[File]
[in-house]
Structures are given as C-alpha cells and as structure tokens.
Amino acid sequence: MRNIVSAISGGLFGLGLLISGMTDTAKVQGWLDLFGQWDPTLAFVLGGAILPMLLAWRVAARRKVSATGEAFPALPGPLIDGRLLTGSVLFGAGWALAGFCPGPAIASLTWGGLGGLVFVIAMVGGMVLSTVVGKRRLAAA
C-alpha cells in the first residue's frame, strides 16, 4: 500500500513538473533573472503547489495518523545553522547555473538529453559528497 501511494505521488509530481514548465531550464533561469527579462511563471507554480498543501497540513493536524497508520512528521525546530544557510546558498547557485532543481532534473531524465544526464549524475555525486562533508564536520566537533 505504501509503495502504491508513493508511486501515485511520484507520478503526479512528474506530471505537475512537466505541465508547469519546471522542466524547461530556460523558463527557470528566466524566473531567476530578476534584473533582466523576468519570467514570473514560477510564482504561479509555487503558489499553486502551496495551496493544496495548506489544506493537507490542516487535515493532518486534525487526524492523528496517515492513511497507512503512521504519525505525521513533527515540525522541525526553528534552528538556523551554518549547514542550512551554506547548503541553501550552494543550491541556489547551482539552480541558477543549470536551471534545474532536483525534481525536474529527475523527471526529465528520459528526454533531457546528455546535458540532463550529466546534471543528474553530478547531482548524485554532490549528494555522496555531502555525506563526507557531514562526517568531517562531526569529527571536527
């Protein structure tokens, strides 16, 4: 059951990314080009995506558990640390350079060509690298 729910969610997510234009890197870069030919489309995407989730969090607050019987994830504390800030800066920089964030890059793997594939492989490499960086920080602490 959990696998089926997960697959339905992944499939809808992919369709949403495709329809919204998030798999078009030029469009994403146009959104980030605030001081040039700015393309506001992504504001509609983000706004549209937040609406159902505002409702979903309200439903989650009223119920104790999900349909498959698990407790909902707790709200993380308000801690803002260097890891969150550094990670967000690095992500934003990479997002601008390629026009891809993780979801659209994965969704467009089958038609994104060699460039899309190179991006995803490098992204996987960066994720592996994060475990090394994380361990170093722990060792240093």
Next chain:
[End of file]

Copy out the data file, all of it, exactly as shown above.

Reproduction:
[in-house]
Structures are given as C-alpha cells and as structure tokens.
Amino acid sequence: MRNIVSAISGGLFGLGLLISGMTDTAKVQGWLDLFGQWDPTLAFVLGGAILPMLLAWRVAARRKVSATGEAFPALPGPLIDGRLLTGSVLFGAGWALAGFCPGPAIASLTWGGLGGLVFVIAMVGGMVLSTVVGKRRLAAA
C-alpha cells in the first residue's frame, strides 16, 4: 500500500513538473533573472503547489495518523545553522547555473538529453559528497 501511494505521488509530481514548465531550464533561469527579462511563471507554480498543501497540513493536524497508520512528521525546530544557510546558498547557485532543481532534473531524465544526464549524475555525486562533508564536520566537533 505504501509503495502504491508513493508511486501515485511520484507520478503526479512528474506530471505537475512537466505541465508547469519546471522542466524547461530556460523558463527557470528566466524566473531567476530578476534584473533582466523576468519570467514570473514560477510564482504561479509555487503558489499553486502551496495551496493544496495548506489544506493537507490542516487535515493532518486534525487526524492523528496517515492513511497507512503512521504519525505525521513533527515540525522541525526553528534552528538556523551554518549547514542550512551554506547548503541553501550552494543550491541556489547551482539552480541558477543549470536551471534545474532536483525534481525536474529527475523527471526529465528520459528526454533531457546528455546535458540532463550529466546534471543528474553530478547531482548524485554532490549528494555522496555531502555525506563526507557531514562526517568531517562531526569529527571536527
């Protein structure tokens, strides 16, 4: 059951990314080009995506558990640390350079060509690298 729910969610997510234009890197870069030919489309995407989730969090607050019987994830504390800030800066920089964030890059793997594939492989490499960086920080602490 959990696998089926997960697959339905992944499939809808992919369709949403495709329809919204998030798999078009030029469009994403146009959104980030605030001081040039700015393309506001992504504001509609983000706004549209937040609406159902505002409702979903309200439903989650009223119920104790999900349909498959698990407790909902707790709200993380308000801690803002260097890891969150550094990670967000690095992500934003990479997002601008390629026009891809993780979801659209994965969704467009089958038609994104060699460039899309190179991006995803490098992204996987960066994720592996994060475990090394994380361990170093722990060792240093």
Next chain: